Contrary to popular opinion, if you're looking for mouth-watering dividend stocks, you'll want to check out the healthcare sector. Healthcare spending makes up nearly one-fifth of the U.S. economy and doesn't seem likely to lose steam anytime soon.
Healthcare companies often don't pay out dividends (which can be positive overall since they usually plow the money back into research), but some pay out nice yields. However, not every dividend yield is quite as good as it might seem. Here are three healthcare stocks that have tantalizing -- yet potentially risky -- dividends.
GlaxoSmithKline plc (NYSE:GSK)
There aren't many stocks in any industry that can boast a higher dividend yield than GlaxoSmithKline. The drugmaker's forward yield currently stands at 5.8%. Over the last five years, Glaxo has averaged an annual dividend yield of 5.1%.
The big drugmaker is a leader in the vaccine market, particularly with children's vaccines including Infanrix and Pediarix. Glaxo claims several respiratory drugs that generate lots of revenue, most notably the blockbuster drug Advair.
What's not to like? For one thing, the tempting dividend doesn't look as appealing over the past year with Glaxo's shares dropping 15%. The big pharmaceutical company has stumbled on multiple fronts, from a scandal in China to a big clinical trial failure. Sales for several top drugs, including Advair, are on the decline. Over the last 10 years, Glaxo's stock is down by nearly 2%, while the S&P 500 index is up close to 75%.
Dividend investors can probably live with sub-par performance if they can count on steady dividend payouts, though. Glaxo CFO Simon Dingemans has told investors that "the dividend remains our priority" even with a sky-high payout ratio of 151%. However, the company could face pressure to trim the dividend in the face of diminishing earnings. For the immediate future, Glaxo's dividend seems relatively safe -- but don't discount the possibility of cuts down the road.
Computer Programs and Systems (NASDAQ:CPSI)Healthcare technology stocks usually don't stand out for their impressive dividends. Rural hospital technology developer Computer Programs and Systems, however, is definitely an exception. CPSI's forward dividend yield of 4.8% proves the point.
However, like GlaxoSmithKline, CPSI hasn't excited investors lately. The stock is down 23% over the past 12 months. Unlike Glaxo, though, CPSI outperformed the broader market during the last decade -- thanks in large part to growing sales resulting from federal incentives given to hospitals to adopt electronic medical record systems.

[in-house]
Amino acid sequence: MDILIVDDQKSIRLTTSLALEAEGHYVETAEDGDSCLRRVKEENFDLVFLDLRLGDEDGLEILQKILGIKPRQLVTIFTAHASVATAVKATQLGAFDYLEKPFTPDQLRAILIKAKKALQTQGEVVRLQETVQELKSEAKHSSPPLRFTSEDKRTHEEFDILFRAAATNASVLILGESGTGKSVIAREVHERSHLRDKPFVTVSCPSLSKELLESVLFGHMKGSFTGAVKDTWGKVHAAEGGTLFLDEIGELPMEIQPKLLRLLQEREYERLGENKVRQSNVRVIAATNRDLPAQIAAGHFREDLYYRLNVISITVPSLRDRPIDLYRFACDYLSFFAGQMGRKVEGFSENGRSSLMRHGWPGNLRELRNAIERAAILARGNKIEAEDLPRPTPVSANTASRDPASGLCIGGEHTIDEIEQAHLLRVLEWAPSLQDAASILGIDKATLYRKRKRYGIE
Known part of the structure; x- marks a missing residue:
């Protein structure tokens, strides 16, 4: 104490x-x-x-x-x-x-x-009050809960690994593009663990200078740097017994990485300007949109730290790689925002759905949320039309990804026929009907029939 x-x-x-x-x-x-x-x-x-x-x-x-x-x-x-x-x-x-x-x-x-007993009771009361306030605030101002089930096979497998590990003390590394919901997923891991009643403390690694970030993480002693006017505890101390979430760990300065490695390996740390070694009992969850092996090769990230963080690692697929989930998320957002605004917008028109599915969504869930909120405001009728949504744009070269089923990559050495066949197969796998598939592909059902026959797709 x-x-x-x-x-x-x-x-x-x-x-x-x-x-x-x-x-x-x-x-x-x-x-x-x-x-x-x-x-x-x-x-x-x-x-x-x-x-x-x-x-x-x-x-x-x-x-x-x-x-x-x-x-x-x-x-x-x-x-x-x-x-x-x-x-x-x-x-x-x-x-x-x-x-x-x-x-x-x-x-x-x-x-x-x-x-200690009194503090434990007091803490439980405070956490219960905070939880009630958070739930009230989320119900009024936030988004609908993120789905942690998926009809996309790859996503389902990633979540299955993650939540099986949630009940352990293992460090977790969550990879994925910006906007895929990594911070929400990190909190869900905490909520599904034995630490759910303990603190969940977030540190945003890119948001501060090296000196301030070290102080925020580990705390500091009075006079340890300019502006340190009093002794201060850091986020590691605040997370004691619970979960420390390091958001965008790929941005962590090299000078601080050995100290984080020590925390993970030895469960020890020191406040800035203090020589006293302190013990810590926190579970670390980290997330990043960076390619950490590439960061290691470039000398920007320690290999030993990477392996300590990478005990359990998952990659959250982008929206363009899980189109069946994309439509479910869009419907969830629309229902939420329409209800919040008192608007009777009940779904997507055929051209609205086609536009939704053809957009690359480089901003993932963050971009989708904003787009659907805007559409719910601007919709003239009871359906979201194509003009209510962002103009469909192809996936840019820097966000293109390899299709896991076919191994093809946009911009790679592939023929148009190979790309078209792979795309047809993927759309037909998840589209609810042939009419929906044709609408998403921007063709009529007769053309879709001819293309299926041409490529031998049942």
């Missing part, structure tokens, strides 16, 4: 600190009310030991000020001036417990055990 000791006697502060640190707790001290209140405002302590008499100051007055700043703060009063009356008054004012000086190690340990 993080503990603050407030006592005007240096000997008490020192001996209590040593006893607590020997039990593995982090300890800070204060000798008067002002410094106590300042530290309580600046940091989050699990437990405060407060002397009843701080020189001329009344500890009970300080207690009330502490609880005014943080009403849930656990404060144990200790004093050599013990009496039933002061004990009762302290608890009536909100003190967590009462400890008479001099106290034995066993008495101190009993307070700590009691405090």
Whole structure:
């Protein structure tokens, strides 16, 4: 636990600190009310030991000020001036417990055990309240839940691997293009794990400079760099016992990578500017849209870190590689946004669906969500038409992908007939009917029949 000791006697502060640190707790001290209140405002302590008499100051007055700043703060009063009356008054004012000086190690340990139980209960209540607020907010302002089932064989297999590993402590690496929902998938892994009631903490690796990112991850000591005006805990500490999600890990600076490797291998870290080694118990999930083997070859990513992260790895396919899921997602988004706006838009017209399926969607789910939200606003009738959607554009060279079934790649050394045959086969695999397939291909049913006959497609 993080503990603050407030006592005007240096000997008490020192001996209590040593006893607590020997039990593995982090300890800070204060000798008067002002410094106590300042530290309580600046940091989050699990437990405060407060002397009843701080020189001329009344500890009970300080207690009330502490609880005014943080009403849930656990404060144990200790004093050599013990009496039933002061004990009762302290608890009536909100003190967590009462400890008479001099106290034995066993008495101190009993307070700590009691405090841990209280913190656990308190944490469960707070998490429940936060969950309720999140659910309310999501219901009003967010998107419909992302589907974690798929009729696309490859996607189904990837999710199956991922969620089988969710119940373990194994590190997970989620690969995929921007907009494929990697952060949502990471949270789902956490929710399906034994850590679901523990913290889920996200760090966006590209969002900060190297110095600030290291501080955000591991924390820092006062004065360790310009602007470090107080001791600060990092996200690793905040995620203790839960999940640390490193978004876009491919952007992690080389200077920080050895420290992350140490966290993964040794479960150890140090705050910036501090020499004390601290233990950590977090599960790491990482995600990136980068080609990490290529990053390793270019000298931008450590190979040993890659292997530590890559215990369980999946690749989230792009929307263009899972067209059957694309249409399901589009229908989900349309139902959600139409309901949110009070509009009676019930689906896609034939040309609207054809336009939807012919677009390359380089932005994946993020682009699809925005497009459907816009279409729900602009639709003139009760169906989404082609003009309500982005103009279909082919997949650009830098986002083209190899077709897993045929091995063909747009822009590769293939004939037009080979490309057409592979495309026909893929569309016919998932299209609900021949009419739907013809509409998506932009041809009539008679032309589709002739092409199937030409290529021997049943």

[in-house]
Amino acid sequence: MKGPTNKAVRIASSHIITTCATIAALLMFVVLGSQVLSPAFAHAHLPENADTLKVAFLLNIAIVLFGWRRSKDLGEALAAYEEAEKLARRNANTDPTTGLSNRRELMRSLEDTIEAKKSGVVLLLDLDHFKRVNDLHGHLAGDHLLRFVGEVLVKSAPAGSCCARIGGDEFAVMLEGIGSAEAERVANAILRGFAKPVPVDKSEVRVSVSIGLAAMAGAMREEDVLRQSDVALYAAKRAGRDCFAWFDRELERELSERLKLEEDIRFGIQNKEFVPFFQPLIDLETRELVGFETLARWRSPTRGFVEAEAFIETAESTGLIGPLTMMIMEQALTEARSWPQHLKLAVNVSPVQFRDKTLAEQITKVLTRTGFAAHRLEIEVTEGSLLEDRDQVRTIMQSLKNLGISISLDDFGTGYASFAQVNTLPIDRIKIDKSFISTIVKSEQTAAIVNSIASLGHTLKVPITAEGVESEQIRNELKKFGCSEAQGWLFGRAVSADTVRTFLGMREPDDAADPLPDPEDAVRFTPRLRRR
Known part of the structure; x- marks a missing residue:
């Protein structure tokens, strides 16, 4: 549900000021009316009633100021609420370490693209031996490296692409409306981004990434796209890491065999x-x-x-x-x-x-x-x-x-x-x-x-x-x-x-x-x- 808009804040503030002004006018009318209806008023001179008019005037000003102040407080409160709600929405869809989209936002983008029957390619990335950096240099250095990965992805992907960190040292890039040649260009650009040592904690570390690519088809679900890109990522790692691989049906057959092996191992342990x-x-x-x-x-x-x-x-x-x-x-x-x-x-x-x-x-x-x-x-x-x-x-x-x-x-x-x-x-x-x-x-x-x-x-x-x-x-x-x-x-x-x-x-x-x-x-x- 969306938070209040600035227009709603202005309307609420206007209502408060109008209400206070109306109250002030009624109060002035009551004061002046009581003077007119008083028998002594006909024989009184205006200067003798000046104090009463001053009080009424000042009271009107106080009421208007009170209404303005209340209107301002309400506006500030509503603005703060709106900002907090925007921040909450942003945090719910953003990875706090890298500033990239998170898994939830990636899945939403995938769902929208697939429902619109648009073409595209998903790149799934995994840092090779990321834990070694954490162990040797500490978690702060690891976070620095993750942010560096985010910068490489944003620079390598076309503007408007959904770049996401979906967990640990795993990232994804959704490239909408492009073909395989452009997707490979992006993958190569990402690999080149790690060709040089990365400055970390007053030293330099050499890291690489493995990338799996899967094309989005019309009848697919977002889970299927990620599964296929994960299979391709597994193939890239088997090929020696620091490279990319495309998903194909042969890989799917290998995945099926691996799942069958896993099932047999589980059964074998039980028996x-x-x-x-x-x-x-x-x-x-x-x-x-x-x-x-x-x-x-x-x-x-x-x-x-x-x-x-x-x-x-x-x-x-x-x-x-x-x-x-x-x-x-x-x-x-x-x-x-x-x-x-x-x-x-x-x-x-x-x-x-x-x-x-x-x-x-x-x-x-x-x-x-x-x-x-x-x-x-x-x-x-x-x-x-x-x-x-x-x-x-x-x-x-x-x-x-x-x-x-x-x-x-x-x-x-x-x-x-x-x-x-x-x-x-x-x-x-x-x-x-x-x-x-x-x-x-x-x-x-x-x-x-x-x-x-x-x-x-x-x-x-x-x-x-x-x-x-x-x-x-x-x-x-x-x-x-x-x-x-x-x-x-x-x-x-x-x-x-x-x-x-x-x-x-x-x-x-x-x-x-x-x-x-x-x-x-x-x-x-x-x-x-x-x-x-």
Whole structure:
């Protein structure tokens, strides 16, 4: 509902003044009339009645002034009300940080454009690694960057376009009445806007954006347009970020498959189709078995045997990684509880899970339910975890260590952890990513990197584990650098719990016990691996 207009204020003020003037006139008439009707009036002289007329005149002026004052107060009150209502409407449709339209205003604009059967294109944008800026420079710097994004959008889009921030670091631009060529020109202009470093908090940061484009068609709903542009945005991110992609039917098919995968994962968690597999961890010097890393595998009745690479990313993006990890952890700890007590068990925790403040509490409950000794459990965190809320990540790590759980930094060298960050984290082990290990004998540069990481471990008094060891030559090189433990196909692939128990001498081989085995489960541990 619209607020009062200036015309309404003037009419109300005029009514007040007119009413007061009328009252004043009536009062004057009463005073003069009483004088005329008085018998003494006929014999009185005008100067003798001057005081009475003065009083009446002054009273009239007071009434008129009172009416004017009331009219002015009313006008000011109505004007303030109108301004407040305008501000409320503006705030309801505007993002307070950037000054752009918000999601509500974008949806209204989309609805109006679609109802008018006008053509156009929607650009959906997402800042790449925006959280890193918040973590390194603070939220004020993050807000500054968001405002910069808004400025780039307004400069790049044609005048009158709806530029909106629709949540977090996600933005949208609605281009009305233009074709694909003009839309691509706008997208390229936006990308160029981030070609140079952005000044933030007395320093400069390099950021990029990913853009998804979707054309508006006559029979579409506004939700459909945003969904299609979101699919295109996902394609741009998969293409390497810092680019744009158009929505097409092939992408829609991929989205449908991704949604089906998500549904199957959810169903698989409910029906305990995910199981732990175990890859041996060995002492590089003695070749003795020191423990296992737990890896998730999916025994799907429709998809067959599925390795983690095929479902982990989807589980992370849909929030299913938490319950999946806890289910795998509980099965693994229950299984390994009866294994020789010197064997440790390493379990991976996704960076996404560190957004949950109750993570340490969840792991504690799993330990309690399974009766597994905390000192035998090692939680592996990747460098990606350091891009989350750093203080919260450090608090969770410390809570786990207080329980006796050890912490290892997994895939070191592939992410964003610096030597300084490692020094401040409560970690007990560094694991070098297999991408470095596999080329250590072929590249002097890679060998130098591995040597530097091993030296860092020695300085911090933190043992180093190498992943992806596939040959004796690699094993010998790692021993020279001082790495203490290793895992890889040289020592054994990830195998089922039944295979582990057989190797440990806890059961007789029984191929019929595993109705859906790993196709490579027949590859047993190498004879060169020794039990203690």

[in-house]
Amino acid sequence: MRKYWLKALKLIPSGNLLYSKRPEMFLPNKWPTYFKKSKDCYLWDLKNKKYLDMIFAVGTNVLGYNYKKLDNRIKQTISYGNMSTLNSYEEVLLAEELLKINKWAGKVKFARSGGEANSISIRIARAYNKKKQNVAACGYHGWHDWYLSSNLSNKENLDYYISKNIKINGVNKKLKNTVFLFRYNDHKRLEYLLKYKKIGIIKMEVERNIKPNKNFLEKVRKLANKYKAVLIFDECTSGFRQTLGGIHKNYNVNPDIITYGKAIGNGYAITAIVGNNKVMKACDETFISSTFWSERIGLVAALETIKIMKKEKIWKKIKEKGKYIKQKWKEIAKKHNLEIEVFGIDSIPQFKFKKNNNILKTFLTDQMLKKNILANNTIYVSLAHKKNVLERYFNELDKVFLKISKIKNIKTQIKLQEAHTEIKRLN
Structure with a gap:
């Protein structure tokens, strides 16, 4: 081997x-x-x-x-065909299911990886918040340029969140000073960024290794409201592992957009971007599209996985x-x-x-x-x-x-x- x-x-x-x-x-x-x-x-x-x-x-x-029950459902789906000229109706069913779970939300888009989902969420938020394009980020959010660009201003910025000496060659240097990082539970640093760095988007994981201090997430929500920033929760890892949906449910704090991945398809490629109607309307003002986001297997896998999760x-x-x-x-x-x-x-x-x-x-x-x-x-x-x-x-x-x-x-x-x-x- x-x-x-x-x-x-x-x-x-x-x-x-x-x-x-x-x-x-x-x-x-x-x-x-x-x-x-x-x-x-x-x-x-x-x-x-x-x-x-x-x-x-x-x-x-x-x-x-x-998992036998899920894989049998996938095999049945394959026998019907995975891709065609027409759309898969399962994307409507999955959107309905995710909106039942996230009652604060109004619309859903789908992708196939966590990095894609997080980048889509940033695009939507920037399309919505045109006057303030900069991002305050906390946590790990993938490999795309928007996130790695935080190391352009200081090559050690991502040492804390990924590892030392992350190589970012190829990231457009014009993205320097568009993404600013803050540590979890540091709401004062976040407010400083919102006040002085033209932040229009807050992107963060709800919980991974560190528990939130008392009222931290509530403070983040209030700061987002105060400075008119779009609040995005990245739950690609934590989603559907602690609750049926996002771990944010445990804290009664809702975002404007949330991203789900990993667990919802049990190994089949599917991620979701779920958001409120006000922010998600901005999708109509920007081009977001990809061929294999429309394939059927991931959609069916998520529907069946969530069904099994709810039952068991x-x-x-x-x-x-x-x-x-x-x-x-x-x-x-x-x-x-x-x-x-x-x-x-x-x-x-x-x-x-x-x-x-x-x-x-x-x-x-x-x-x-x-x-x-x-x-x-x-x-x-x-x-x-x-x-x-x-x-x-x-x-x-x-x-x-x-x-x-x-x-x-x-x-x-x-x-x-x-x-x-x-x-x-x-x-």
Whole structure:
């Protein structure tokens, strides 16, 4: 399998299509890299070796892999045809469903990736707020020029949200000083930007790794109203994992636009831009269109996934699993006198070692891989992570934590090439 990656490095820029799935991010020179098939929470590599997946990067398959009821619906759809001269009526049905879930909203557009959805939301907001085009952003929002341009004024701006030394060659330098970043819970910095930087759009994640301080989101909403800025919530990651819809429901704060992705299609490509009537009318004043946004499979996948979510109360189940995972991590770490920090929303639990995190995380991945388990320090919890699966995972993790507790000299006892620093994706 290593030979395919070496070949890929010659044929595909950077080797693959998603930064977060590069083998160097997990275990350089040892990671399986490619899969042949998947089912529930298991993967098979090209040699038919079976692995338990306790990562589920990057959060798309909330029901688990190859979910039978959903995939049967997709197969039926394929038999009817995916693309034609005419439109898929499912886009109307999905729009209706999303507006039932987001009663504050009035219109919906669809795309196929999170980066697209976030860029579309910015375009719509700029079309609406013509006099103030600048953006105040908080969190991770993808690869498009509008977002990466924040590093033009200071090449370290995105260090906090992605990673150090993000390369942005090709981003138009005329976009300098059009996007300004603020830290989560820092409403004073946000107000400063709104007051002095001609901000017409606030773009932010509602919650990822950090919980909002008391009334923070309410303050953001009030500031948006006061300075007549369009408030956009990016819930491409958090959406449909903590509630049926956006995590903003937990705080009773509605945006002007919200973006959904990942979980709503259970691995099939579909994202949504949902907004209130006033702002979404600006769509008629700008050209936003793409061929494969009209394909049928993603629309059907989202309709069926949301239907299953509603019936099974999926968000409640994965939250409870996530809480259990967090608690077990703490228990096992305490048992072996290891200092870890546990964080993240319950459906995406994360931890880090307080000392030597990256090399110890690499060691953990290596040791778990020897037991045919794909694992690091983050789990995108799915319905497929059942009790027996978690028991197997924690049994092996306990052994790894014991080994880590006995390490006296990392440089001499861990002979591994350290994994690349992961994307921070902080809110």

The bad news for CPSI is that those incentives end in 2016. Earnings have taken a hit as many rural and community hospitals have already implemented EMR systems. CPSI made a good diversification move a couple of years ago by launching TruBridge to provide business services and consulting to the market. However, the end of federal money for hospitals to buy electronic health record systems will hurt.
CPSI's dividend payout ratio currently stands at 78%. That's a figure that the company's management knows is high. However, CPSI appears to be committed to keeping the dividend payments flowing.
Meridian Bioscience (NASDAQ:VIVO)Dividend-seeking investors might also want to check out diagnostic test kit developer Meridian Bioscience. The company sports a forward dividend yield of 4%. Meridian has also averaged paying out a 4% yield over the past five years.
Meridian's illumigene molecular products have seen solid growth. This diagnostics system can be used to test for several conditions such as peptic ulcer diseases and streptococcus. The company boasts the only FDA-cleared stand-alone molecular assay for bordatella pertussis, which causes whooping cough.
Unfortunately, Meridian Bioscience has a couple of things in common with Glaxo and CPSI. The stock is down over the past 12 months -- but by a less-scary 5%. Meridian also claims a concerning dividend payout ratio of 95%.
Is the juicy dividend potentially at risk? For one thing, Meridian's management tries to keep dividend payouts between 75% and 85% of earnings. That could portend lower dividend payments in the days ahead.
On the other hand, the company's introduction of new products and solid financial position should give investors reasons for optimism. Meridian has seen several successful product launches recently and plans more for 2015. The company has no debt, over $49.5 million in cash, and continues to grow both revenue and earnings.
Risk vs. reward
As with nearly every other aspect of investing, finding good dividend stocks involves trading off risk against reward. Typically, higher-yielding stocks carry higher risk. That's true for all three of the stocks mentioned above. The dividends are tantalizing -- but also potentially treacherous.
However, each of these companies has a solid business model as well as a management team that prioritizes dividend payouts. So in my opinion, Glaxo, CPSI, and Meridian Bioscience should remain on the radar screen for investors looking for high dividend yields, but keep in mind that those dividends could potentially be cut down the road.